(and why you should too)
I can single out the moment that made me stand up seriously and decide to focus on design as a career. It was at Google I/O 2013, and I was at the Agile UX Research Practice talk. Right at the start, Bethany Fong showed a slide that I’d never forget.
“For every dollar spent solving a problem in design, you save $10 in development and $100 in post release maintenance” — Clare-Marie Karat, Cost Justifying Usability
The quote has stuck with me since, and I’ve used it on several occasions to soothe the nerves of clients who are worried about spending significant amounts of money on design. In their experience, the value of code is tangible while that of design is not. This quote goes a long way to grab people’s attention.
Ultimately, of course, I need to justify to my clients how investing in design helps them save (and make) money. For this, I ask them a rather straightforward question: “have you ever released a product that you were absolutely certain solves a major pain point, yet it didn’t resonate with users?”
The response is a unanimous yes. I’ve had this happen to me in my product management experience as well. The problem is that far too often, the product management team identifies a problem and the solution, brings in design to sketch out the spec, and then brings in the development team to build it out. A couple of months go by before the users finally get their hands on it, and they aren’t enthused.
Fail fast, fail often
One of the reasons behind the failure of several products that look like they’re solving real problems is that the team often commits to one solution far too early. This commitment traps them from exploring other possible avenues of solving the same problem, avenues that might make more sense.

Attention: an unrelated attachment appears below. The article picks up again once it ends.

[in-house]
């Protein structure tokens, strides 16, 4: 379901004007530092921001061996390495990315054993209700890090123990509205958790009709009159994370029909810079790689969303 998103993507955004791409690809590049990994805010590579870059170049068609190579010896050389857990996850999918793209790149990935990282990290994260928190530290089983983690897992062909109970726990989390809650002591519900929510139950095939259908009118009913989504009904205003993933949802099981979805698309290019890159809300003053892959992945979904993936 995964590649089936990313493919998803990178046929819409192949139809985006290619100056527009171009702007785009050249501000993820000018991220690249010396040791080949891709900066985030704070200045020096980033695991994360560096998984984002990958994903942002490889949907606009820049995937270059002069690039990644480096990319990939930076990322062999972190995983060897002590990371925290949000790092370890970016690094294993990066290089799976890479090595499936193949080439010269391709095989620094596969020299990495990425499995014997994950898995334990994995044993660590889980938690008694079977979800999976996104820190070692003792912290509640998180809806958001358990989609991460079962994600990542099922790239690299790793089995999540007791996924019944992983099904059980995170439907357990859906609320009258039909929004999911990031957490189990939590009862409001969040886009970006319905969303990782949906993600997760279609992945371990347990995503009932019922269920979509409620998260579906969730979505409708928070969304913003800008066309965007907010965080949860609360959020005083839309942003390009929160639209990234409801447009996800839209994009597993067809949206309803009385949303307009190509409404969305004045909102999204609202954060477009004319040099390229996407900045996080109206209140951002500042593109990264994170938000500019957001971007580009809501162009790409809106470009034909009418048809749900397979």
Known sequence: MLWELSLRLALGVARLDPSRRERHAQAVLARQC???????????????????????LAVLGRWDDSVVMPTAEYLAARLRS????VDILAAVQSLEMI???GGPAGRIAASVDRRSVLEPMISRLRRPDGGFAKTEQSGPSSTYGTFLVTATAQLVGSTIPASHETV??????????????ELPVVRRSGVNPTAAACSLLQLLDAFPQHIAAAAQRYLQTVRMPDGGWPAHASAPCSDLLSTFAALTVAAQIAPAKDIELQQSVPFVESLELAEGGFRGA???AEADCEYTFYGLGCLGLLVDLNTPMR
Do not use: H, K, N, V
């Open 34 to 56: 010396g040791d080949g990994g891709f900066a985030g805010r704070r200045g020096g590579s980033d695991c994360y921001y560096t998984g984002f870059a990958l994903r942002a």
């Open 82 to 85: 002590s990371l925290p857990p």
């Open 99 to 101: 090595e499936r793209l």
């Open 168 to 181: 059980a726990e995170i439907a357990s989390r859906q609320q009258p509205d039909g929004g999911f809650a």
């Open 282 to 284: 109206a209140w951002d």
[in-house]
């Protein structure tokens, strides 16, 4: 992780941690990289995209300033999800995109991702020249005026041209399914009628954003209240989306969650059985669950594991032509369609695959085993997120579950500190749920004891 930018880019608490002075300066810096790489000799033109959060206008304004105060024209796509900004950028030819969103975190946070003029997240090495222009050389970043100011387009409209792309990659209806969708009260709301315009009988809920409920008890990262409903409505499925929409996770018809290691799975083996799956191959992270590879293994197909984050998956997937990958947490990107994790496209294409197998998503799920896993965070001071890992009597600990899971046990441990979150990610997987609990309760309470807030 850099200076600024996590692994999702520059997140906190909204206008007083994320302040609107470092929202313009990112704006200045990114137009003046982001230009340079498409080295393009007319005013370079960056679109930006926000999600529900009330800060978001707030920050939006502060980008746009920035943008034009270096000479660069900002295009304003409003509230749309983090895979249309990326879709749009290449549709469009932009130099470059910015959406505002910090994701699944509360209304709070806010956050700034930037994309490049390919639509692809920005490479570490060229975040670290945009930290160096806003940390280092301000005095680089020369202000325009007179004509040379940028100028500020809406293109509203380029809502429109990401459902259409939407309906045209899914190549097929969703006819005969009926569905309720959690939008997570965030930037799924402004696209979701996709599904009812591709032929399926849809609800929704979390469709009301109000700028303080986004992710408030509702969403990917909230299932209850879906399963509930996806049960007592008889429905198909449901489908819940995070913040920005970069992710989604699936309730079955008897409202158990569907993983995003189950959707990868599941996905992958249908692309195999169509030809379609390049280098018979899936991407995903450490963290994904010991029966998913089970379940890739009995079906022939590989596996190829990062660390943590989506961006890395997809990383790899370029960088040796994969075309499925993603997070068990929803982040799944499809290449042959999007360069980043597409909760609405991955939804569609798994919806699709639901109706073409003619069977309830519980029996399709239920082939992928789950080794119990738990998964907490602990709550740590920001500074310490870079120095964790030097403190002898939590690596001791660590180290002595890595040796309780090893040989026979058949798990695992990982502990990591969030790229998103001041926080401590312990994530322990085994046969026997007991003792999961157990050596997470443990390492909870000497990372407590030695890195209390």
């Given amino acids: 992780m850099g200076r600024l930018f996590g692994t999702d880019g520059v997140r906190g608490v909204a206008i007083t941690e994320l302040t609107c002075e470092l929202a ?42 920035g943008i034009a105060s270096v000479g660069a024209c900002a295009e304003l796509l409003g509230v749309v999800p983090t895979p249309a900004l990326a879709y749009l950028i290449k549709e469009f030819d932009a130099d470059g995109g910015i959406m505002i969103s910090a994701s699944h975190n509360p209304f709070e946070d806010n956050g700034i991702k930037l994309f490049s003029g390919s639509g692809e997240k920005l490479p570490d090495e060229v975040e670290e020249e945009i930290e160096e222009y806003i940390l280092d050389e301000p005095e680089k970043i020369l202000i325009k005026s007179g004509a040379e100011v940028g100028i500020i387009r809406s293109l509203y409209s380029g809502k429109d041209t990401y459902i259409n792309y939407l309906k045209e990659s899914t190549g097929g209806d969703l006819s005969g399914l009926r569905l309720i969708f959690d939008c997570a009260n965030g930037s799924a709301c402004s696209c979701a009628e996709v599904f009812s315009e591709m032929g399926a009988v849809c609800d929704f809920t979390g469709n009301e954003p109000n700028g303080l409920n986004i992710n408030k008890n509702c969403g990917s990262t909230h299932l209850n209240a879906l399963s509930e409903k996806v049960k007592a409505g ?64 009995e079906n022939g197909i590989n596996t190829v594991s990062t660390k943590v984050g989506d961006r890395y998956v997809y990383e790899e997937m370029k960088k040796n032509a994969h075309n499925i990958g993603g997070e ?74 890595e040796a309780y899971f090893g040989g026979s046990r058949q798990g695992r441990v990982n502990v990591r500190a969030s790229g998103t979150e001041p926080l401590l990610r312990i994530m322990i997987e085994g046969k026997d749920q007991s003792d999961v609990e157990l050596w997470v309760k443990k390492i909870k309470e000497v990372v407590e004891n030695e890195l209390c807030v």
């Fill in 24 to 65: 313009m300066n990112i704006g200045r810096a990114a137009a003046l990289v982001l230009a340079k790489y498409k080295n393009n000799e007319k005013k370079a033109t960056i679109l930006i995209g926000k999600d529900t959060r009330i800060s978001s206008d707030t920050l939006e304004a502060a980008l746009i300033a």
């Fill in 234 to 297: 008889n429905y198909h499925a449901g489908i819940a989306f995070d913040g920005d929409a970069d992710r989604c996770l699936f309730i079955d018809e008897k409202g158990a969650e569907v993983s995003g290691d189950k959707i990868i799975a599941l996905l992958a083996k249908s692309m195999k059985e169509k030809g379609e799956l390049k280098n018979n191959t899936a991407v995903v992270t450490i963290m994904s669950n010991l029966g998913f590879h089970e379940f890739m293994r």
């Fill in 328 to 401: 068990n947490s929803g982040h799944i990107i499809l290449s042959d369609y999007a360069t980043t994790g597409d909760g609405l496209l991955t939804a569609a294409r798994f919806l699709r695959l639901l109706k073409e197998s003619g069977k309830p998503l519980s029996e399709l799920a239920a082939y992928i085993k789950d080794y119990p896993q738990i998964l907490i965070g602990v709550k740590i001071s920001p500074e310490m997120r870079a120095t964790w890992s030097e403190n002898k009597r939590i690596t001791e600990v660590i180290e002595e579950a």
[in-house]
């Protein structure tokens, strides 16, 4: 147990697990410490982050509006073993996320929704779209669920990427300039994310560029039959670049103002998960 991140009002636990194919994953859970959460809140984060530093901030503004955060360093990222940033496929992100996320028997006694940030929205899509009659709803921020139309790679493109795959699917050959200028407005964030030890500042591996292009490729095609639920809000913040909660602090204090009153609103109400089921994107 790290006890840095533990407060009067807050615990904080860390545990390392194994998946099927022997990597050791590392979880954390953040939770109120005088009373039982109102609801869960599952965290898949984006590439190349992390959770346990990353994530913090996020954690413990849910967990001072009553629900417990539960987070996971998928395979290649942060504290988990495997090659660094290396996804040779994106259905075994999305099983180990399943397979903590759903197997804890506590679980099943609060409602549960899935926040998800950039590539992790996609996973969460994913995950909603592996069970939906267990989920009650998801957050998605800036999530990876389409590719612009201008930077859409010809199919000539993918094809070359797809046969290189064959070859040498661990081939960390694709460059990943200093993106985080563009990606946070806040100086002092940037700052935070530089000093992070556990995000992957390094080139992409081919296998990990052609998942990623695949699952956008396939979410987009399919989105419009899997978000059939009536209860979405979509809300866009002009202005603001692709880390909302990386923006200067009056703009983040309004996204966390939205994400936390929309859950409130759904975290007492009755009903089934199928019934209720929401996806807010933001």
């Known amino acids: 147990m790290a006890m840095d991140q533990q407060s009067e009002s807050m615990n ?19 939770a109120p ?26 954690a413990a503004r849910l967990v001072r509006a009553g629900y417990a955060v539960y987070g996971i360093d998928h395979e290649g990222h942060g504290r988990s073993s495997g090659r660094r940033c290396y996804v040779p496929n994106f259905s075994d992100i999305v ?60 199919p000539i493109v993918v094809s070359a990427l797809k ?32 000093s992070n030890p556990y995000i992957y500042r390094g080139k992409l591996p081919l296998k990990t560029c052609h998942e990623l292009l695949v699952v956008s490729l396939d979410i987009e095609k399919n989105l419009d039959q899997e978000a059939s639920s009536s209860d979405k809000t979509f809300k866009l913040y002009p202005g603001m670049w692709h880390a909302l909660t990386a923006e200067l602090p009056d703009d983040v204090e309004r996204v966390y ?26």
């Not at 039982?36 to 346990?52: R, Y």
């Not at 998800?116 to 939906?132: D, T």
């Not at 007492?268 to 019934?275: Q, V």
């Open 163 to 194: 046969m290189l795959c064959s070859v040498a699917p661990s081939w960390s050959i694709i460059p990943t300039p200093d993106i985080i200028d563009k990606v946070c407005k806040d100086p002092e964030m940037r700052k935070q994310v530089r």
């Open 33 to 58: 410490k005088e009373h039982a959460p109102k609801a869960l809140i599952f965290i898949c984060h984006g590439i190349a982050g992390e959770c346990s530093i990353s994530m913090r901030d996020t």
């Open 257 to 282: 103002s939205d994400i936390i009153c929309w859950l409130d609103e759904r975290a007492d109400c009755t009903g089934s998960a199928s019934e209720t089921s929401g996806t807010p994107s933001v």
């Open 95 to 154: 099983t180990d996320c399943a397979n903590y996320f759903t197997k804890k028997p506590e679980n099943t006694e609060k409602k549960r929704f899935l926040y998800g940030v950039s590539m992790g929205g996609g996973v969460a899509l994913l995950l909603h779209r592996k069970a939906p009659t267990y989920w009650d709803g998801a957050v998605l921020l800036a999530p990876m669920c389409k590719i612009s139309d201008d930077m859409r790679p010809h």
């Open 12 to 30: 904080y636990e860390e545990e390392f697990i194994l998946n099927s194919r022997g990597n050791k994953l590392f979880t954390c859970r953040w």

This is where prototyping can have such a major impact. To get this right, you want to engage with your designers at an early stage while you’re still coming up with various solutions, create prototypes and test them with real users. This is how you save money by investing in design: you discover things that don’t work early on, which helps you avoid investing in development. Additionally, you don’t incur the costs related to having a poor product out in the market, such as the impact that has on your brand and the poorer monetization of users you are acquiring in this time.
At this point, I should admit that this isn’t a particularly original thought — Google Ventures’ Design Sprint, for example, is structured around the same idea. What I try to spend a lot of my time on, however, is the final part: testing with real users.
Observing user behavior
A typical prototype requires a user to complete the task the product is meant to solve. Unfortunately, many prototypes can be biased — tap on the wrong place of an InVision prototype, for example, and it’ll show you the active touch points on that screen.
To generate insights from a prototype, you need to focus more on the user’s journey to completing the task, and not simply whether or not they could do it. You want to get them comfortable and talking, explaining their decision making while using your prototype.
It’s almost like when you interview a candidate for a job and present them with a problem to solve — you care more about how they’re thinking it through than whether or not they solve it. And just as you focus on what an interviewee says while deciding whether or not they’re someone you should hire, what the interviewee says while testing your prototype tells you if your solution actually works.
What should you be looking for in their responses? A multitude of things that vary from product to product. A general theme is to understand how they’re solving the same problem currently and whether they’re likely to make the investment in learning to accomplish it another way. People hate changing their own behavior, and the success of your product lies in whether or not they see sufficient value to make that kind of effort.
This, of course, falls in the realm of UX/Usability research. I highly recommend having someone in your team who has the skillset for that role. If you don’t, it might be worth bringing someone in, or entrusting your designers to learn more about it. Steve Krug’s book Rocket Surgery Made Easy is a great place to start.
If you’re looking for tools to help you perform usability testing on Android, do give my app Obsrv a try. It lets you test InVision, Marvel and Framer Team prototypes in one place, share an entire collection of prototypes with one link and record users as they go through your collection of prototypes.